New York Times reporter John Burns was reporting from Baghdad while Saddam Hussein was in power. What he has to say about the other reporters who were there and how those reporters tried to curry favor with Saddam's regime while failing to report on what the regime was doing to the Iraqi people is an extremely damning look at major newspaper and TV reporters.
There were correspondents who thought it appropriate to seek the approbation of the people who governed their lives. This was the ministry of information, and particularly the director of the ministry. By taking him out for long candlelit dinners, plying him with sweet cakes, plying him with mobile phones at $600 each for members of his family, and giving bribes of thousands of dollars. Senior members of the information ministry took hundreds of thousands of dollars of bribes from these television correspondents who then behaved as if they were in Belgium. They never mentioned the function of minders. Never mentioned terror.
In one case, a correspondent actually went to the Internet Center at the Al-Rashid Hotel and printed out copies of his and other people's stories -- mine included -- specifically in order to be able to show the difference between himself and the others. He wanted to show what a good boy he was compared to this enemy of the state. He was with a major American newspaper.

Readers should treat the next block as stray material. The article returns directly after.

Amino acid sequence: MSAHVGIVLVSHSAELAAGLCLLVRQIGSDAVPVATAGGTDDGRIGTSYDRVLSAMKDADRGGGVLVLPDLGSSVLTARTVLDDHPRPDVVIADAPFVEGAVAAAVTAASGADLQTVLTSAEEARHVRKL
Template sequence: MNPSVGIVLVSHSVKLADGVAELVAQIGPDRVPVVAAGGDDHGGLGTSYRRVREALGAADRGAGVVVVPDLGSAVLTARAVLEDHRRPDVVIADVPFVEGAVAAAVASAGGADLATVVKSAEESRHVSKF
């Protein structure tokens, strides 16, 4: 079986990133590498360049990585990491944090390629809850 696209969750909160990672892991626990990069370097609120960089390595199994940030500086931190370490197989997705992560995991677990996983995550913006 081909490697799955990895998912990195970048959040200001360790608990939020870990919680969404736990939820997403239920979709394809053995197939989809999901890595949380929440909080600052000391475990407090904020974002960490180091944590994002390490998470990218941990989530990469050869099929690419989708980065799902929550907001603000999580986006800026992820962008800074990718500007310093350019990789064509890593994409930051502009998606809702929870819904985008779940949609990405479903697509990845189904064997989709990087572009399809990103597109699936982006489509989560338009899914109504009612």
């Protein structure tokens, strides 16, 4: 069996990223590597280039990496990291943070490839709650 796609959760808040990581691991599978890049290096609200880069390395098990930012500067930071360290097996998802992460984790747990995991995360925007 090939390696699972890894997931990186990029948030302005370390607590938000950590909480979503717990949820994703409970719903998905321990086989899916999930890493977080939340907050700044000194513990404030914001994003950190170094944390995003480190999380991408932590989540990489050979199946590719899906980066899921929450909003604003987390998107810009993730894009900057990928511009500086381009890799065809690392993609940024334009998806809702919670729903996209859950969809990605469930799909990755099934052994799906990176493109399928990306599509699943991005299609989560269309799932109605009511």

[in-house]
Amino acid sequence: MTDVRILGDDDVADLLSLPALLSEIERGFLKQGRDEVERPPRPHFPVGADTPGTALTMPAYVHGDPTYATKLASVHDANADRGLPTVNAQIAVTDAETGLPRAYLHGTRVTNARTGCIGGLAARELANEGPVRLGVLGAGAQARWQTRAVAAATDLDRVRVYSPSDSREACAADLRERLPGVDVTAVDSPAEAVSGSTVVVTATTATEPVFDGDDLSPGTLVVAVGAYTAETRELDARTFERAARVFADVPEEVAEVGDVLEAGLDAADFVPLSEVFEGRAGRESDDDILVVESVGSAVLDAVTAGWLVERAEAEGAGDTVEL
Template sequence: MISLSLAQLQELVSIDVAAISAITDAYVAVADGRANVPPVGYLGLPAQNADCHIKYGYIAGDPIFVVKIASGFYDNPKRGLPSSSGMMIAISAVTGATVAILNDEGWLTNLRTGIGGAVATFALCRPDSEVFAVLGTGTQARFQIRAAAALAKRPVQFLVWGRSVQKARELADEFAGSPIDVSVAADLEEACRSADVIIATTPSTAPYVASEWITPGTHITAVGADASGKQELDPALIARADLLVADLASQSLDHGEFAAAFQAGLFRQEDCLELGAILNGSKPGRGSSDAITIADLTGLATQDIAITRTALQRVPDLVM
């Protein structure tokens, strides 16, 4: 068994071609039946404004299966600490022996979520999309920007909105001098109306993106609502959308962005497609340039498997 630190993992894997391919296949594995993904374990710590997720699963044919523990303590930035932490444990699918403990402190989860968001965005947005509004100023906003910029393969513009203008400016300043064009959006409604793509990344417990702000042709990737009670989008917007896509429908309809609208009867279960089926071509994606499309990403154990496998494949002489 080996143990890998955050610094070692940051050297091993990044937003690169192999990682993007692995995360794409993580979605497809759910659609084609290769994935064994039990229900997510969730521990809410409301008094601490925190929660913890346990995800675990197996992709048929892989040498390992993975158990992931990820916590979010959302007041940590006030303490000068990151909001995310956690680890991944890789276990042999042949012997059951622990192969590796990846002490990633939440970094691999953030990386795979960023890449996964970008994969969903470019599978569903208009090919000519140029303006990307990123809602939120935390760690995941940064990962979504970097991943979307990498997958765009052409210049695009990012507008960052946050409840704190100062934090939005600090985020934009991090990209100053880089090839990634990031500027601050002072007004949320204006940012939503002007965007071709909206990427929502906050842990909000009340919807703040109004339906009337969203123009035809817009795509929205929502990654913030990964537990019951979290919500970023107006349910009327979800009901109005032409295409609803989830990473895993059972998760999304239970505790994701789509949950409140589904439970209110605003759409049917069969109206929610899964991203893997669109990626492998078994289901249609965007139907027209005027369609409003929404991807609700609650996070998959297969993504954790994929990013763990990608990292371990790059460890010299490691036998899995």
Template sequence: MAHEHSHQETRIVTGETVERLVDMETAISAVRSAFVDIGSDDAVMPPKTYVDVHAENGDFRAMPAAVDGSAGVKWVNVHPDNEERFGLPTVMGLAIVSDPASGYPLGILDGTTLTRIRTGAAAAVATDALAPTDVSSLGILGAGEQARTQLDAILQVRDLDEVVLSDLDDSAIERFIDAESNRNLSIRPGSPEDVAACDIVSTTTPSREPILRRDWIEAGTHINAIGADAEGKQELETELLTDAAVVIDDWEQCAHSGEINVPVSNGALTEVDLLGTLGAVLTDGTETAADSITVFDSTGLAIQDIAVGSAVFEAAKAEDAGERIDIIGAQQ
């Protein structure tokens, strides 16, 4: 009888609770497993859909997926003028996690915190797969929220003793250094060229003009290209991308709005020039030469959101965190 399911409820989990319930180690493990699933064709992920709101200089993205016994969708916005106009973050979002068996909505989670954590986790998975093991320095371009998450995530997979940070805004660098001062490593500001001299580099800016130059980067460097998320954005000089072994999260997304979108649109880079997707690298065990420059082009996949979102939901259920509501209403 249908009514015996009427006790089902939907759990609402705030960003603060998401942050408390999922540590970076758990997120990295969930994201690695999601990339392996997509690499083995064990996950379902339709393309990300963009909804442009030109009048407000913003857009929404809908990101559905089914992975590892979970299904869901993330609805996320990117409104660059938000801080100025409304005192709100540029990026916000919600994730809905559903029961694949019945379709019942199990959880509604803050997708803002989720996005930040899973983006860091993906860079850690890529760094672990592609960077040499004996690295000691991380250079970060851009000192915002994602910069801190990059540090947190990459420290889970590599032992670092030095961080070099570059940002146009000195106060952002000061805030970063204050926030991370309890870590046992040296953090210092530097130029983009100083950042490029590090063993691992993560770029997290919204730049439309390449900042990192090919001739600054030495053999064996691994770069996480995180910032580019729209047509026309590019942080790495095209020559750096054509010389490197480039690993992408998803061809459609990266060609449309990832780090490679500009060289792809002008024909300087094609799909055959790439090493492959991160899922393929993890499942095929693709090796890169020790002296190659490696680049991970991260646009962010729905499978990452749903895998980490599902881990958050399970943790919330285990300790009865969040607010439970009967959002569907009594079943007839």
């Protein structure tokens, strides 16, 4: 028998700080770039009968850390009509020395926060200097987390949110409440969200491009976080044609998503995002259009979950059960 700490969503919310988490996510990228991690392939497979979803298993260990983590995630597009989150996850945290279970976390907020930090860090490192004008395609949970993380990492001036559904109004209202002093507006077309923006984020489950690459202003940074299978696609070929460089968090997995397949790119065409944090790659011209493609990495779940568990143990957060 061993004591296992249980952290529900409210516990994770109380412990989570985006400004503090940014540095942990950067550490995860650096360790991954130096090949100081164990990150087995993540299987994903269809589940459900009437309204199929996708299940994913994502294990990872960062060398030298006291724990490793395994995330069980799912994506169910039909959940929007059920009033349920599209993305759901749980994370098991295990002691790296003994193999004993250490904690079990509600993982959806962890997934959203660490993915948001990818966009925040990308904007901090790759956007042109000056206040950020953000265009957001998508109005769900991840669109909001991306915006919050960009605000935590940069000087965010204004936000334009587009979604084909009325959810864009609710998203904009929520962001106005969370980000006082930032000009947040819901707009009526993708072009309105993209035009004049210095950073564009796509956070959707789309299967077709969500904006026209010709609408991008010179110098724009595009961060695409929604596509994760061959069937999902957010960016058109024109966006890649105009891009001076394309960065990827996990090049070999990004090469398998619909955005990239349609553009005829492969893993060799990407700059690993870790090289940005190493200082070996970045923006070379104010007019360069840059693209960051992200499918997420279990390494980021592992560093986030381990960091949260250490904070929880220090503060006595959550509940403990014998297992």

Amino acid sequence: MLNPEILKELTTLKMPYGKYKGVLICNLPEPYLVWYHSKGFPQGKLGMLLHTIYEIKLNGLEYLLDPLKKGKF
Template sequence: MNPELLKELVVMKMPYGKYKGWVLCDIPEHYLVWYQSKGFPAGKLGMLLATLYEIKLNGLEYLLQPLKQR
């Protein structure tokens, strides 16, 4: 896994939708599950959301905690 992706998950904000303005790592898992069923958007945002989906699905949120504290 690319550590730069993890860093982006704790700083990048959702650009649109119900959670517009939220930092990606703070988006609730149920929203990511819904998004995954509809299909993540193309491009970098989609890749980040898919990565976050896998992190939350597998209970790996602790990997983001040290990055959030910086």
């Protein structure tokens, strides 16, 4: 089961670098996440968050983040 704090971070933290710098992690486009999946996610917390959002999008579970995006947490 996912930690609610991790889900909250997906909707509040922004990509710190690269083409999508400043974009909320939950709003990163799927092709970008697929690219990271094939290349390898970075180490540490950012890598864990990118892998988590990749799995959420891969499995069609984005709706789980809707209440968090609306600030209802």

Burns believes in the power of the truth and the existence of absolute evil.
Now left with the residue of all of this, I would say there are serious lessons to be learned. Editors of great newspapers, and small newspapers, and editors of great television networks should exact from their correspondents the obligation of telling the truth about these places. It's not impossible to tell the truth. I have a conviction about closed societies, that they're actually much easier to report on than they seem, because the act of closure is itself revealing. Every lie tells you a truth. If you just leave your eyes and ears open, it's extremely revealing.
We now know that this place was a lot more terrible than even people like me had thought. There is such a thing as absolute evil. I think people just simply didn't recognize it. They rationalized it away.
Read the whole article. It is moving and quite informative.
|Share |||By Randall Parker at 2003 September 16 11:54 AM Media Critique|